Thursday, July 25, 2013

Downy Mildew in Grape – Secrets to Successful Disease Management

Experienced grape growers saw it coming.  New growers hadn’t a clue.  Regardless, my crystal ball told me that with months of rain would come severe outbreaks of downy mildew in vineyards. 

Grape downy mildew has reached epidemic levels in some vineyards in Kentucky and possibly the Midwest.  The pathogen that causes the disease (Plasmopara viticola) is a water mold, which warrants special considerations for disease management.  Let’s begin with a quick overview of water molds (oomycetes, to be exact). 

Water Molds

Water molds are different from true fungi.  In fact, they are not related.  Most importantly, water molds require free water to complete their life cycles.  Initial infections often occur during rainy spring weather as temperatures begin to warm.  After infection, pathogens release large numbers of “swimming” spores (zoospores) that move in films of water (damp leaves or moist soil).  This is the repeating stage of disease that leads to epidemics if wet conditions persist.  Spores are spread by splashing water and wind-driven rain.  In addition to downy mildew pathogens, many root rotting pathogens (Phytophthora and Pythium) are water molds. 
Figure 1 - Early symptoms of grape downy mildew include yellow spots on upper sides of leaves.


Downy Mildew

Downy mildew symptoms are quite distinct.  Upper leaves are the first to develop noticeable symptoms.  Yellow circular to blotchy spots can quickly enlarge and become bright yellow (Fig 1).   As disease progresses, leaf tissue becomes reddish brown, and centers of spots becomes necrotic (dead tissue) (Fig 2).  Extreme disease conditions result in a coalescing of spots into large necrotic areas.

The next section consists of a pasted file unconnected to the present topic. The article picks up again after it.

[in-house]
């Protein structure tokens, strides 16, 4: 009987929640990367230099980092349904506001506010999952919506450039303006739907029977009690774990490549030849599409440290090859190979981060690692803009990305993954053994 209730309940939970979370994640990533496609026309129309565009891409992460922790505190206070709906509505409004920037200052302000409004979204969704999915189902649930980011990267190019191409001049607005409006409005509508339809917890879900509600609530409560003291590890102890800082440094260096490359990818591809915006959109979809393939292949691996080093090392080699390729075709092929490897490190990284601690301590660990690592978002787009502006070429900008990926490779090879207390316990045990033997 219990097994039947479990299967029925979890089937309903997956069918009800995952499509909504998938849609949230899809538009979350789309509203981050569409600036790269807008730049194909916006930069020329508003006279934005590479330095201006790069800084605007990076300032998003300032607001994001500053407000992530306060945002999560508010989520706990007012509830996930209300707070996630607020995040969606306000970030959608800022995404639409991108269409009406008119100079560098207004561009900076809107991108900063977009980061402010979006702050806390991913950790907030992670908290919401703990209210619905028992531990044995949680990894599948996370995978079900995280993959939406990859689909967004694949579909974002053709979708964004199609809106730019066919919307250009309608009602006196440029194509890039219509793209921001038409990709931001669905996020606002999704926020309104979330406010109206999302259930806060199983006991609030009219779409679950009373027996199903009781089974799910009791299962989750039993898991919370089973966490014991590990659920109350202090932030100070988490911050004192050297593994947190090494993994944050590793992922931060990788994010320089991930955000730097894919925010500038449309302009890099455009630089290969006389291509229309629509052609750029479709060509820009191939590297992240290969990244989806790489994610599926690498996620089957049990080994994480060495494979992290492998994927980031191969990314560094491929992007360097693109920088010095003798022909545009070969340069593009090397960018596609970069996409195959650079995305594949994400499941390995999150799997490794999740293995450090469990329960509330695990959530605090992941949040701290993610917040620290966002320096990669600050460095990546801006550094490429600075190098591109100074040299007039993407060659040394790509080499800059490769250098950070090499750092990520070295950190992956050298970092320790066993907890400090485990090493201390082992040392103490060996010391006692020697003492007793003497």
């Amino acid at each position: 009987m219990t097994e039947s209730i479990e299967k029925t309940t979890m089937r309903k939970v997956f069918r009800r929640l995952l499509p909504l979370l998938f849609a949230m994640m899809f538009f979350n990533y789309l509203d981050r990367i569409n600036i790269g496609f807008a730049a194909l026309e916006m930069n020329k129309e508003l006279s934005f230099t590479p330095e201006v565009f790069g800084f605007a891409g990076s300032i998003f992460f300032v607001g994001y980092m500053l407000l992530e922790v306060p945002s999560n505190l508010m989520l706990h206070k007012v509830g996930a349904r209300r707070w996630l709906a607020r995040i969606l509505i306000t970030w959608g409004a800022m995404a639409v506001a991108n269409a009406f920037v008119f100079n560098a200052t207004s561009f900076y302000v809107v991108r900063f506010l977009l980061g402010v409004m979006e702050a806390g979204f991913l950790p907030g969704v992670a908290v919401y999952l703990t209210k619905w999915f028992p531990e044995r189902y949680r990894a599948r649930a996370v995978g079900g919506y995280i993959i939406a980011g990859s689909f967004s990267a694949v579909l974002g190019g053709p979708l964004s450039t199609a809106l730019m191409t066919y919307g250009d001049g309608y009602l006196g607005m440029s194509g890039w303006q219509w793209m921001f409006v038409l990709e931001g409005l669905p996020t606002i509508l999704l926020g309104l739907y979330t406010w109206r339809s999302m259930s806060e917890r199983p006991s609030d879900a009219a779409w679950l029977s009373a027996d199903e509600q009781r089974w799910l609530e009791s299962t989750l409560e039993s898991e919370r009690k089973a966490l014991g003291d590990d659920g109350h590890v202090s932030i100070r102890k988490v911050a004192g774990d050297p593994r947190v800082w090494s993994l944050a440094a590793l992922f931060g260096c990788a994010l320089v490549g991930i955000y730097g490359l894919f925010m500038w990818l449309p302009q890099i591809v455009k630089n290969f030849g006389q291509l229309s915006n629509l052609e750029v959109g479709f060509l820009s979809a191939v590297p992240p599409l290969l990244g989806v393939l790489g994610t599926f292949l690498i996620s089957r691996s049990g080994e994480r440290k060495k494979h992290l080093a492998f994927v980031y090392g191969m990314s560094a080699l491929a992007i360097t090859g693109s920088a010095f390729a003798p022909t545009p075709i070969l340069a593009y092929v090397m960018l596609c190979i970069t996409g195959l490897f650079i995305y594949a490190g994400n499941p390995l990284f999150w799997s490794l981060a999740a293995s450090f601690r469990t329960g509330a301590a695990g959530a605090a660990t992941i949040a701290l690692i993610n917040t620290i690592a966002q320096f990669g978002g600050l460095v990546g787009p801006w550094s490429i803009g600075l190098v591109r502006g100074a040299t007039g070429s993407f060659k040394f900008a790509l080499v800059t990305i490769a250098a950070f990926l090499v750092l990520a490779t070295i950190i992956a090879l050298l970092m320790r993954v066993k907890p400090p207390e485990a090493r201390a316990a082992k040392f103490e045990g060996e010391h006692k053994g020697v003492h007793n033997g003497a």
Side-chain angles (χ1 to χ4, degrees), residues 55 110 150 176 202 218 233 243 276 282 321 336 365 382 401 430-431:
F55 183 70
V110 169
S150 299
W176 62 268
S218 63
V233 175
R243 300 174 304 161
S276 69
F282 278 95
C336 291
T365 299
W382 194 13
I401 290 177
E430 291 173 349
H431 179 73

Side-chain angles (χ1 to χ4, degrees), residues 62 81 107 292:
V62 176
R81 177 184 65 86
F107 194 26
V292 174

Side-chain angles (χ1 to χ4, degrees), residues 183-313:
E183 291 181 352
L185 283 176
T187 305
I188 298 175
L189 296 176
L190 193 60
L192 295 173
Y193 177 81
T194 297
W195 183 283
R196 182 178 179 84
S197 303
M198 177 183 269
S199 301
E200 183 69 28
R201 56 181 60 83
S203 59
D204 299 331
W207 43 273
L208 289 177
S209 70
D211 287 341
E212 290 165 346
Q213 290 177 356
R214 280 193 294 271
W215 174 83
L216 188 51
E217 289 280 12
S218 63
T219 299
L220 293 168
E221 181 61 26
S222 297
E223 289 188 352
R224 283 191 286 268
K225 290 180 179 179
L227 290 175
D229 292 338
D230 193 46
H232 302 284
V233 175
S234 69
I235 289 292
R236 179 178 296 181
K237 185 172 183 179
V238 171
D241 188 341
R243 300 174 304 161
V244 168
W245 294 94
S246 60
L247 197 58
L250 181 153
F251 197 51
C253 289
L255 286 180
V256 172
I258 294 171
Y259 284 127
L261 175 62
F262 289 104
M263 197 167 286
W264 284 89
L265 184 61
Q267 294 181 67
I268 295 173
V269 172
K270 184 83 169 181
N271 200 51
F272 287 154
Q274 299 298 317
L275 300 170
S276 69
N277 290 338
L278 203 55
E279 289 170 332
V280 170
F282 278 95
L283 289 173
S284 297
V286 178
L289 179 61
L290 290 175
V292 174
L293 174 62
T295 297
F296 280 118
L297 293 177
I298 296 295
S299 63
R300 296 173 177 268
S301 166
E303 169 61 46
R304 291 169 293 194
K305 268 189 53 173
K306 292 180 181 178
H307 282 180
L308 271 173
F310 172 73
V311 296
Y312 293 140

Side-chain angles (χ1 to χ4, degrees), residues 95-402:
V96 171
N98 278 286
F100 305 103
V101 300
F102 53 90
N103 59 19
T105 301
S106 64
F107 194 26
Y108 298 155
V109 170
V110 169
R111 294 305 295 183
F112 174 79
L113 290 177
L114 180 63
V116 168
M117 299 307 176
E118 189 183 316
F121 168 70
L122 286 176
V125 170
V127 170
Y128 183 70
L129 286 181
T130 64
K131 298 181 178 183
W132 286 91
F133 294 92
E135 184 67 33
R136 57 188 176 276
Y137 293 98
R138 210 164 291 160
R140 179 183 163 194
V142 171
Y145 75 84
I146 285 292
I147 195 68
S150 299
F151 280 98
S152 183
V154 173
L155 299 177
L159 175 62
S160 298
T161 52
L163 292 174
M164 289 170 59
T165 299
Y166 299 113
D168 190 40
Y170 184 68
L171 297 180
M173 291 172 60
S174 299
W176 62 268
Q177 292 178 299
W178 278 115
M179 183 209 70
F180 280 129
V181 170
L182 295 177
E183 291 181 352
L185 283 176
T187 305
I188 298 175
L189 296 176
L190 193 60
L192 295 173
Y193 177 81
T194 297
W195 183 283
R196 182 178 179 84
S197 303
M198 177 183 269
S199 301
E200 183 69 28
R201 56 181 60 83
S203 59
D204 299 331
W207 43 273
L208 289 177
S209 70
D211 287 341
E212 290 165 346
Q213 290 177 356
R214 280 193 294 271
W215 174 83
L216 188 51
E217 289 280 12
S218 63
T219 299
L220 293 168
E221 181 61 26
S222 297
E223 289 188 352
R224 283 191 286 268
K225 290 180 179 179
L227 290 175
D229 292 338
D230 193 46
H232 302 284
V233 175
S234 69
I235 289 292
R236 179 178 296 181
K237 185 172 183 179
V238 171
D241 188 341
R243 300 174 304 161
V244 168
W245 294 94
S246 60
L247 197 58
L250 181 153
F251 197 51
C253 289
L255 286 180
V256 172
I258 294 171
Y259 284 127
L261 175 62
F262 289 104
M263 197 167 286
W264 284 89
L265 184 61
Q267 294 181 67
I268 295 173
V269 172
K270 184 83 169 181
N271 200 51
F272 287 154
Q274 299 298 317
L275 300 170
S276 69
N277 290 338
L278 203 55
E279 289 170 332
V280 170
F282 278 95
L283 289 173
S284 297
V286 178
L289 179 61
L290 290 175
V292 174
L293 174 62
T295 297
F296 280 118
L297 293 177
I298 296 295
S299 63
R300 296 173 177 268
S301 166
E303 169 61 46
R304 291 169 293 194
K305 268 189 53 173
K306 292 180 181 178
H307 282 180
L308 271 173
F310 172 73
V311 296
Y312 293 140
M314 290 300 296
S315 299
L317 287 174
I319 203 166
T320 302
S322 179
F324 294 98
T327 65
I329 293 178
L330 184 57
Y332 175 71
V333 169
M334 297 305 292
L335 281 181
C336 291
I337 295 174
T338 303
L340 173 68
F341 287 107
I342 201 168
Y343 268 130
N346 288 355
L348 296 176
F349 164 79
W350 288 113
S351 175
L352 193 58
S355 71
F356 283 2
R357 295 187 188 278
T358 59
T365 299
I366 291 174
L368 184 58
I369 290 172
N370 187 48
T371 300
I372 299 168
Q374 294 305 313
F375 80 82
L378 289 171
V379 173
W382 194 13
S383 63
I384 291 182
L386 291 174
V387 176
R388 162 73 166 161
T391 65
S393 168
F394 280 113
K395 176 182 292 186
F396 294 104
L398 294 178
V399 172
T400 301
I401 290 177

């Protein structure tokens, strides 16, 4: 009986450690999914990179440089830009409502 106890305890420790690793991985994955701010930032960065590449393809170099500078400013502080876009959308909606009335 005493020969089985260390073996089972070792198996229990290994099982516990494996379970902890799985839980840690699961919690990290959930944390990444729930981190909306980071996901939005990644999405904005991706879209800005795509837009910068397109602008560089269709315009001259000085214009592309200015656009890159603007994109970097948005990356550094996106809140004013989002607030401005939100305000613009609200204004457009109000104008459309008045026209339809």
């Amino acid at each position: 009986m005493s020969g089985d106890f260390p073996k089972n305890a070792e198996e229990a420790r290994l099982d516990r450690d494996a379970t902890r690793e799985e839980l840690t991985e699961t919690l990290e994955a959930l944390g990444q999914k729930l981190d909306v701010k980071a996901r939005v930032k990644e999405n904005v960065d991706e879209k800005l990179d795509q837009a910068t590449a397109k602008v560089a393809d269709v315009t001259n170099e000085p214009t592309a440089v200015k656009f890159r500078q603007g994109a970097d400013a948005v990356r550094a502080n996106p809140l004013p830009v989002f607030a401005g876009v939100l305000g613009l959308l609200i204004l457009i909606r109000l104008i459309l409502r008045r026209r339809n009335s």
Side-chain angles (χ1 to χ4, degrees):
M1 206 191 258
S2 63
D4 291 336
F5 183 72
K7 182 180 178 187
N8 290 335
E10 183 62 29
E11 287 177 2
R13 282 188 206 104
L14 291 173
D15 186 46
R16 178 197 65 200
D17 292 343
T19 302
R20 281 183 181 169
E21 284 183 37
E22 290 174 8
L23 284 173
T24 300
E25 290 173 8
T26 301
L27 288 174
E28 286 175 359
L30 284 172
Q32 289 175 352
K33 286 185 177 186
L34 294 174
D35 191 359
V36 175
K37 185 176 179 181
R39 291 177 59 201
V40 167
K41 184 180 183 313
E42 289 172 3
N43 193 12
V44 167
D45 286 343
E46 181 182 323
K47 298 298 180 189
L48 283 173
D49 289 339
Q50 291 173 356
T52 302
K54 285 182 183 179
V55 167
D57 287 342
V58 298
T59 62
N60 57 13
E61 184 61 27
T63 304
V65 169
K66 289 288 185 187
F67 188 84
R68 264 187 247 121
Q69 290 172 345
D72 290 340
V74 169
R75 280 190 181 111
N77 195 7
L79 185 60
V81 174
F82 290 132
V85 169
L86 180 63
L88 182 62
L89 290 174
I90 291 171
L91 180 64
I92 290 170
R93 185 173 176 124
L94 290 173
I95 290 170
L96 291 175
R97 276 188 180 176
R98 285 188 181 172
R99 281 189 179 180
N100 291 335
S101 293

Figure 2 - As downy mildew spreads, leaf tissue becomes necrotic.

The most characteristic symptom of downy mildew is the “downy” fungal masses that develop on undersides of leaves (Fig 3).  If weather remains rainy or humid/foggy, pathogens will begin producing spore capsules (sporangia) on microscopic branched structures (sporangiophores).  This branching gives the disease its fluffy, downy appearance.  Sporangia can spread to healthy plant parts by wind or rain, and then open to expose infective, swimming zoospores.  This repeating cycle is dependent upon temperature and availability of free water. 

Figure 3 - The most characteristic symptom of downy mildew is the "downy" fungal masses on undersides of leaves.

Downy mildew pathogens also produce another spore type, thick-walled overwintering spores (oospores), at the end of the season.  These spores drop to the ground and overwinter in leaf debris or in soils.  In spring, they germinate just as grape begin to bloom.  Thus, early fungicide protection is critical in order to combat the initial phase of disease.  Moreover, an effective disease management program (described below) will help eliminate some of the inoculum (oospores) that before they overwinter. 

Damage Caused by Downy Mildew

Effects of infection are two-fold.  First, diseased leaves fail to properly photosynthesize, while severely infected leaves drop, leading to inadequate energy production (Fig 4).  Secondly, grape berries may become infected, leading to yield and quality losses (Fig 5).
Figure 4 - Advanced symptom development can lead to reduced photosynthesis and leaf drop.

Fruit are susceptible to infection from bloom until 3 or 4 weeks after bloom.  After that, they become resistant to infection.  Berries may not develop symptoms until several weeks after infection.  Affected fruit become soft and brown and do not mature.  Like foliar infections, infected berries become covered with downy fungal growth when conditions are wet or humid.  While fruit become resistant to infection as they mature, cluster stems (rachis) do not.  Thus, infections in these cluster stems can spread internally to berries.  Additionally, young shoots, leaves, and tendrils remain susceptible to infections throughout the growing season.
Figure 5 - Grape berries become infected between bloom and 3 to 4 weeks after bloom.  Symptoms, however, may not develop until several weeks after infection.